All iLive content is medically reviewed or fact checked to ensure as much factual accuracy as possible.

We have strict sourcing guidelines and only link to reputable media sites, academic research institutions and, whenever possible, medically peer reviewed studies. Note that the numbers in parentheses ([1], [2], etc.) are clickable links to these studies.

If you feel that any of our content is inaccurate, out-of-date, or otherwise questionable, please select it and press Ctrl + Enter.

Unusual packaging will reduce the demand for cigarettes

, medical expert
Last reviewed: 16.05.2018

WHO experts noted that a simple nondescript package for cigarettes does help reduce cigarettes among the population and reduce the number of smokers, not only among the adult population, but also among adolescents. The first country where the innovation was introduced was Australia - here a new packaging for tobacco products has been used since the end of 2012. In May this year, the process to prepare for a change in cigarette packaging began in Northern Ireland, Britain, France.  

On a simple packaging there should be nothing but the name of the trademark and product in the standard color and font, it is forbidden to place logotypes, advertisements, any images on the cigarette pack. According to experts, such a nondescript pack of cigarettes will reduce the demand for tobacco products, since in this case, cigarettes lose the status of a "glamorous accessory", producers limit their advertising and promotion capabilities, and on such packages, the warning about the dangers of smoking looks more effective.

Earlier in the WHO, it was already recommended to prohibit cigarette advertising, sponsorship, spreading the warning about the dangers of smoking (on TV, cigarette packs, etc.) to combat smoking, and simple packaging is part of the complex fight against addiction.

Australia, as already mentioned, has been using simple packaging for tobacco products for several years now. The number of smokers in this country is declining, but the introduction of a new package along with the placement of larger labels warning of the dangers of smoking allowed an additional 3 years (from 2012 to 2015) to reduce the number of new smokers among adolescents from 14 years.

According to experts, the experience of Australia indicates the great potential of the method of transition to a simple pack, and many countries can use it in combination with other effective measures to combat smoking.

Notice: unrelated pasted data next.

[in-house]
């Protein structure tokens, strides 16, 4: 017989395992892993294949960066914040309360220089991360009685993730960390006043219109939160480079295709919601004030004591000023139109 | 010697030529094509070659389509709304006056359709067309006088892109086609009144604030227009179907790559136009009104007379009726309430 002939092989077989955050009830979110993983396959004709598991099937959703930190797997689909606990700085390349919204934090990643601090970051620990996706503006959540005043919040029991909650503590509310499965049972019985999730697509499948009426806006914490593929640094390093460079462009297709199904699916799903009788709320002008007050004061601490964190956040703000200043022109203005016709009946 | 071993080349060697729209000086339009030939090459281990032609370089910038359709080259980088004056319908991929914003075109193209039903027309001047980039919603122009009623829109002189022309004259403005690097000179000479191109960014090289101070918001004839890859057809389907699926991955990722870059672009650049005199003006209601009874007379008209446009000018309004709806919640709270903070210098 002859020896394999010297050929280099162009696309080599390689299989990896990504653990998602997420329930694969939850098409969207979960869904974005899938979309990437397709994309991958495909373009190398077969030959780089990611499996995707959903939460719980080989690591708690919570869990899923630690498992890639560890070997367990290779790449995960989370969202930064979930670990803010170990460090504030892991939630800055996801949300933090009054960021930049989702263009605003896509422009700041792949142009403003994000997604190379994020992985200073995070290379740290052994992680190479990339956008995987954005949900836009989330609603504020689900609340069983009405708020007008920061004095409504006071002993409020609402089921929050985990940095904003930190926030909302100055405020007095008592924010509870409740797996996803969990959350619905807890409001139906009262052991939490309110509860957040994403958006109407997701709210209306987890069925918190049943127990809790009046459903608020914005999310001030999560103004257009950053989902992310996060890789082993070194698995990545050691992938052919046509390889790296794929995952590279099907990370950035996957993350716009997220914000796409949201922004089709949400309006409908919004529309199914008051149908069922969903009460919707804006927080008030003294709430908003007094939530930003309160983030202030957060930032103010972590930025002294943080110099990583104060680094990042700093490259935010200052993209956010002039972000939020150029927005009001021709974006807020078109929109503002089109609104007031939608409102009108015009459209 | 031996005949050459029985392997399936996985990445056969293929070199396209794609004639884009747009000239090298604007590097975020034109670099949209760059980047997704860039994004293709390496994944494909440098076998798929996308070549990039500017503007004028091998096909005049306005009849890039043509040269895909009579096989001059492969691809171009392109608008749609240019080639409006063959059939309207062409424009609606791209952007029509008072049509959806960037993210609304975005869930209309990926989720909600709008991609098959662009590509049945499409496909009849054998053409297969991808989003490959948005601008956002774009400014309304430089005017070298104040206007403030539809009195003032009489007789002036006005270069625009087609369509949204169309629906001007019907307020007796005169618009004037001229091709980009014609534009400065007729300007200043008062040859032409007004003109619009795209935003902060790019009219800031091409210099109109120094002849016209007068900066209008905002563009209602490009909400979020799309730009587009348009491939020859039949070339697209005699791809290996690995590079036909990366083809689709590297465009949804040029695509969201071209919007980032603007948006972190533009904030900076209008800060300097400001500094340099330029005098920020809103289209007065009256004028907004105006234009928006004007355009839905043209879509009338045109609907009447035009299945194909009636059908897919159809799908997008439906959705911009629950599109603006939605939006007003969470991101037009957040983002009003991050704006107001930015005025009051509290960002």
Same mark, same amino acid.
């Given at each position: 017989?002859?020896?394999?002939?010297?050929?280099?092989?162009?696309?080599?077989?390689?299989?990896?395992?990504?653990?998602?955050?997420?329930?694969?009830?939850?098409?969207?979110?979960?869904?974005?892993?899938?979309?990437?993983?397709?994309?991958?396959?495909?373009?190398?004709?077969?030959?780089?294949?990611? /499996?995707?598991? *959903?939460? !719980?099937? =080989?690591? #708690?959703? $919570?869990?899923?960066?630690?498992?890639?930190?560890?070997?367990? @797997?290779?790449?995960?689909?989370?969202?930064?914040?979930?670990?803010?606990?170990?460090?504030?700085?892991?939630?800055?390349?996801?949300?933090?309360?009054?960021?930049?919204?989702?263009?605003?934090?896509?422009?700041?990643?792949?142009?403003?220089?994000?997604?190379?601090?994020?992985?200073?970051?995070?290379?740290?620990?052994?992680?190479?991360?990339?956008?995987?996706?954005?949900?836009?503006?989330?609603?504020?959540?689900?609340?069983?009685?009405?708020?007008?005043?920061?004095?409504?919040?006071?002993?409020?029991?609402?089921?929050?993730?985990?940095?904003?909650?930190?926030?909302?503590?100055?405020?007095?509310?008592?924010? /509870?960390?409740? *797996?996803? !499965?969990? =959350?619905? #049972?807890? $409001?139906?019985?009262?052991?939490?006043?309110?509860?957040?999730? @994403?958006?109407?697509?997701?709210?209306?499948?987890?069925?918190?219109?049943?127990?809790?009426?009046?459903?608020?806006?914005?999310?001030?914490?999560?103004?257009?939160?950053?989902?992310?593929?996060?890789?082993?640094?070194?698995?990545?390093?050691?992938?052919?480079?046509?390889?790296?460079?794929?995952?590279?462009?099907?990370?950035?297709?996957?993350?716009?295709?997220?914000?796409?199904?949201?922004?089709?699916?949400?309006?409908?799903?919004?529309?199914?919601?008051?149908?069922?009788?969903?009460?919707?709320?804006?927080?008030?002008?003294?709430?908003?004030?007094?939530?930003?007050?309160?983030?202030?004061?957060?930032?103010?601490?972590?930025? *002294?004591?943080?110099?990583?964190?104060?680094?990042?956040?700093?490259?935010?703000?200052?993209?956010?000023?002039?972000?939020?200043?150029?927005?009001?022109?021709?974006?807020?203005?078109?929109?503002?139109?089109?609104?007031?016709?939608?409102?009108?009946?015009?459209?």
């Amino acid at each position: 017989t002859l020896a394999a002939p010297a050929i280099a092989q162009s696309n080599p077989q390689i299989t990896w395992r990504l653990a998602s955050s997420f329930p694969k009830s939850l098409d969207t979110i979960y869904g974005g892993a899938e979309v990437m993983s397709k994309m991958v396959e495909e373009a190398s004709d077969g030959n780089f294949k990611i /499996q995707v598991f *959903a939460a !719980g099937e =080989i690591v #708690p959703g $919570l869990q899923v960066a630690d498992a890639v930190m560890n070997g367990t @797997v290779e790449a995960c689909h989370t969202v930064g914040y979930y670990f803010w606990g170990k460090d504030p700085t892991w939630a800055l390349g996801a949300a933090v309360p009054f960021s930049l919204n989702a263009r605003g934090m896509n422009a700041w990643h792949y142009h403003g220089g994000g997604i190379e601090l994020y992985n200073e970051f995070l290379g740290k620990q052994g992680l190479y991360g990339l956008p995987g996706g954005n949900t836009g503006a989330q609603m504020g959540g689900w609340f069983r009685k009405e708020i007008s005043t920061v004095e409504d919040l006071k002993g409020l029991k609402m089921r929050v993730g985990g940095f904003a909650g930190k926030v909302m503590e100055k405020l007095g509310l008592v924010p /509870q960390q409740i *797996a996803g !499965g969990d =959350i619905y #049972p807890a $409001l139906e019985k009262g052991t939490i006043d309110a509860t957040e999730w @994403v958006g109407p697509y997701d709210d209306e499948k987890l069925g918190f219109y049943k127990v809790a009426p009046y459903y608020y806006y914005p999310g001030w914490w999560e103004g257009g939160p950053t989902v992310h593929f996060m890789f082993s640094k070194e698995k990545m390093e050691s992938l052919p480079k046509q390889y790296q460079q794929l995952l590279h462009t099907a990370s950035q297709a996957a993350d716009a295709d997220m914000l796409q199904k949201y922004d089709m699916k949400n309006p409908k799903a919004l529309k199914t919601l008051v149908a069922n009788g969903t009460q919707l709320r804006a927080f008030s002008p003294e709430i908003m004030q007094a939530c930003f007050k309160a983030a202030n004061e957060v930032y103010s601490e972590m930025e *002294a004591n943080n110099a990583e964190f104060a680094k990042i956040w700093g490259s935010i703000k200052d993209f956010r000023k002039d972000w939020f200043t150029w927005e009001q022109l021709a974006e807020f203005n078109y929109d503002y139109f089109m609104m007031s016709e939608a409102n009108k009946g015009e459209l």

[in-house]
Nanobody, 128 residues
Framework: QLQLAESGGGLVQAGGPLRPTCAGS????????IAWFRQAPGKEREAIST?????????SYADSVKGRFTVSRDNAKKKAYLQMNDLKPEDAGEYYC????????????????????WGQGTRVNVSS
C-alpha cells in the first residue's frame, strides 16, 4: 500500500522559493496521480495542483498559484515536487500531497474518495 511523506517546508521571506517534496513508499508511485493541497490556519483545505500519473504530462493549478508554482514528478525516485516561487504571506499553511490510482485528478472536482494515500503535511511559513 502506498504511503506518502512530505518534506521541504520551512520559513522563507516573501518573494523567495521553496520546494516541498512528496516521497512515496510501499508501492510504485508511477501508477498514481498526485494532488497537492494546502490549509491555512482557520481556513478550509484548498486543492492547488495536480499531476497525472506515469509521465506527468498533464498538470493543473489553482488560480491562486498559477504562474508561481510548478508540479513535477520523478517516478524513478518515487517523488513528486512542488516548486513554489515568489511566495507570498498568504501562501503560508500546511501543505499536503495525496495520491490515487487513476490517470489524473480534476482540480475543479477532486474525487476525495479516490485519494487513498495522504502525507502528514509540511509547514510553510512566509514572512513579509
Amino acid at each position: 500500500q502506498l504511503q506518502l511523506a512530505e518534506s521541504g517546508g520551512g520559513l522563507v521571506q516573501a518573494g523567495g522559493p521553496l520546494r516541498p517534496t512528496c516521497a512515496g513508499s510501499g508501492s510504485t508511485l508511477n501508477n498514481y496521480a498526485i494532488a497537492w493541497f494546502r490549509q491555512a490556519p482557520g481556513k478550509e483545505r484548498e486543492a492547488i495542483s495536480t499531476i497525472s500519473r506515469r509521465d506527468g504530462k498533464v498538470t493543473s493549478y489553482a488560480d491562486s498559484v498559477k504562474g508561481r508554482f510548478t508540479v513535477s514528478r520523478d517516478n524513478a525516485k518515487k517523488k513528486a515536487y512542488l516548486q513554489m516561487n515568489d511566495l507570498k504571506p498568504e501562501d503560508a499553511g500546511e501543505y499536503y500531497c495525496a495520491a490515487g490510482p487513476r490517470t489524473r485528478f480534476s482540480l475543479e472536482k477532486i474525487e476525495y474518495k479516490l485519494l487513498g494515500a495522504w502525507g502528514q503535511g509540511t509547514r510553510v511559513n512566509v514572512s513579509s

The WHO Department for the Prevention of Noncommunicable Diseases noted that this year World Day for Smoking Control is held under the slogan "Prepare for simple packaging!" And it is no accident. Every year, smoking causes death of 6 million people and the country, as new information is received in the field of health, are gradually being introduced to the global fight against addiction.

The tobacco industry had plenty of time to prepare for a change of packaging, but manufacturers have repeatedly tried to demand the prohibition of this restriction measure, but most countries prioritize the health of the population and refused to listen to the arguments of tobacco magnates.

Specifically for the Tobacco Day, WHO issued new recommendations for country leaders, which, in addition to instructions for changing cigarette packaging, contain the latest evidence on the dangers of tobacco smoking.

Smoking causes severe diseases, from which every 6 seconds, 1 person dies in the world, per year this is approximately 6 million deaths. Experts assume that in 15 years the number of deaths will increase to 8 million, mainly it will be the population of countries with a low and medium standard of living.

Read also: 10 ways to quit smoking

Combating smoking is one of the main ways to improve the overall health of citizens.

The iLive portal does not provide medical advice, diagnosis or treatment.
The information published on the portal is for reference only and should not be used without consulting a specialist.
Carefully read the rules and policies of the site. You can also contact us!

Copyright © 2011 - 2020 iLive. All rights reserved.